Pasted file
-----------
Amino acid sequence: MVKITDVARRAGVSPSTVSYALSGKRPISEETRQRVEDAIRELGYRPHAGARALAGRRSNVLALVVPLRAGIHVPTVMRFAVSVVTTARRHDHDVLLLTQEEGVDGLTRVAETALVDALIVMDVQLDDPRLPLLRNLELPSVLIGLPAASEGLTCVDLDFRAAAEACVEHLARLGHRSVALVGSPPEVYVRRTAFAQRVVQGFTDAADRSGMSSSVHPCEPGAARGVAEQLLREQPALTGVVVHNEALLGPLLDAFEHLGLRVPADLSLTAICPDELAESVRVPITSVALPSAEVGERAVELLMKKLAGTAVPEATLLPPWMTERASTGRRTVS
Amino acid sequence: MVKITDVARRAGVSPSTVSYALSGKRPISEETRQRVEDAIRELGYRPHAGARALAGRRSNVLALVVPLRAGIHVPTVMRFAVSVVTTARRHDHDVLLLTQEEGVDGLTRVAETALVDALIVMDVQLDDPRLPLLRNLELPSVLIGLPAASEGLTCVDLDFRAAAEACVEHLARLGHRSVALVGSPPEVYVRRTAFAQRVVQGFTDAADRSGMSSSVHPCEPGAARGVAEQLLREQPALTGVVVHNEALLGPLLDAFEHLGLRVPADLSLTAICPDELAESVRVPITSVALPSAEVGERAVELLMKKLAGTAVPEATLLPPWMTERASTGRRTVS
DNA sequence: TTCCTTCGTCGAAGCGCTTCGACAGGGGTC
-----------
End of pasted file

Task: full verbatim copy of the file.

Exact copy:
Amino acid sequence: MVKITDVARRAGVSPSTVSYALSGKRPISEETRQRVEDAIRELGYRPHAGARALAGRRSNVLALVVPLRAGIHVPTVMRFAVSVVTTARRHDHDVLLLTQEEGVDGLTRVAETALVDALIVMDVQLDDPRLPLLRNLELPSVLIGLPAASEGLTCVDLDFRAAAEACVEHLARLGHRSVALVGSPPEVYVRRTAFAQRVVQGFTDAADRSGMSSSVHPCEPGAARGVAEQLLREQPALTGVVVHNEALLGPLLDAFEHLGLRVPADLSLTAICPDELAESVRVPITSVALPSAEVGERAVELLMKKLAGTAVPEATLLPPWMTERASTGRRTVS
Amino acid sequence: MVKITDVARRAGVSPSTVSYALSGKRPISEETRQRVEDAIRELGYRPHAGARALAGRRSNVLALVVPLRAGIHVPTVMRFAVSVVTTARRHDHDVLLLTQEEGVDGLTRVAETALVDALIVMDVQLDDPRLPLLRNLELPSVLIGLPAASEGLTCVDLDFRAAAEACVEHLARLGHRSVALVGSPPEVYVRRTAFAQRVVQGFTDAADRSGMSSSVHPCEPGAARGVAEQLLREQPALTGVVVHNEALLGPLLDAFEHLGLRVPADLSLTAICPDELAESVRVPITSVALPSAEVGERAVELLMKKLAGTAVPEATLLPPWMTERASTGRRTVS
DNA sequence: TTCCTTCGTCGAAGCGCTTCGACAGGGGTC